Physician Blog

Skin Cancer Biopsy: Can You Trust the Results?

May 1, 2019

“Skin Cancer Biopsy: Can You Trust the Results?”, Right as Rain by University of Washington Medicine. V. Raymond 2017.

Dr. Stevan Knezevich, MD, PhD, Board Certified in Dermatopathology, Anatomic and Clinical Pathology. Co-Author of “Pathologists’ diagnosis of invasive melanoma and melanocytic proliferations: observer accuracy and reproducibility study.” BMJ. 2017 Jun 28;357:j2813.

“The interpretation of melanocytic skin lesions is associated with significant variability particularly for lesions ranging from moderately dysplastic/atypical nevi to thin invasive melanomas (pT1a). Surprisingly, the study showed both interobserver and intraobserver variability, meaning that the interpretation was highly subjective and variable between different dermatopathologists interpreting the same lesion and even showed poor reproducibility when the exact same lesion was interpreted a second time by the same dermatopathologist! This variability may be known by some dermatologists, but unfortunately too many clinicians and patients assume the interpretation by a trained specialist results in a definitive evaluation. The criteria for the interpretation of these lesions is, in and of itself, variable, and clearly poorly reproducible, with some dermatopathology fellowships having different philosophical approaches. For example, some institutions believe in the grading of dysplastic nevi (e.g., Mildly dysplastic, moderately dysplastic, and severely dysplastic), while other institutions do not believe in dysplasia or grading at all. As the study involved participants nationwide, and all participants showed poor reproducibility, the findings suggest that it does not matter where one receives their training, the criteria taught in these institutions is poorly reproduced, subjective, and thus, variable.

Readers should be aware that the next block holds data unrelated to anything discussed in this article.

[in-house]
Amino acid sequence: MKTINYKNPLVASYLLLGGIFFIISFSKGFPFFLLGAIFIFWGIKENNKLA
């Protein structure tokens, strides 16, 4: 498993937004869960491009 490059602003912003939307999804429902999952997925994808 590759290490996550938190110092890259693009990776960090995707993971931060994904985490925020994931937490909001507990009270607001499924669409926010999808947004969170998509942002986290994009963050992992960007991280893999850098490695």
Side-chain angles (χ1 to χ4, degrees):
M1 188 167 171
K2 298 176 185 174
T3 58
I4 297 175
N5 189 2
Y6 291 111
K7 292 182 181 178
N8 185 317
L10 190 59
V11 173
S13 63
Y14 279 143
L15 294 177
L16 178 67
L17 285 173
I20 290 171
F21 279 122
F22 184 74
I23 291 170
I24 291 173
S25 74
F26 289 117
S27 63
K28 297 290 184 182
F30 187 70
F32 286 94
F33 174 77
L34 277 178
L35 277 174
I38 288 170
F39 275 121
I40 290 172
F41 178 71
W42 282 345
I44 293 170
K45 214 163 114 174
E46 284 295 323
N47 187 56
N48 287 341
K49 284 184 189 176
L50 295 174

Two important differences of the DermTech gene expression test for melanocytic lesions is it’s consistent objectivity and reproducibility, both of which are clearly not possible with the current gold standard of having a microscopic evaluation by a board certified dermatopathologist. Your DermTech test result is associated with an overall 99% negative predictive value and less than a 1% chance of missing a melanoma. DermTech detects genomic changes that can’t be seen under a microscope and identifies melanoma in its earliest stages.”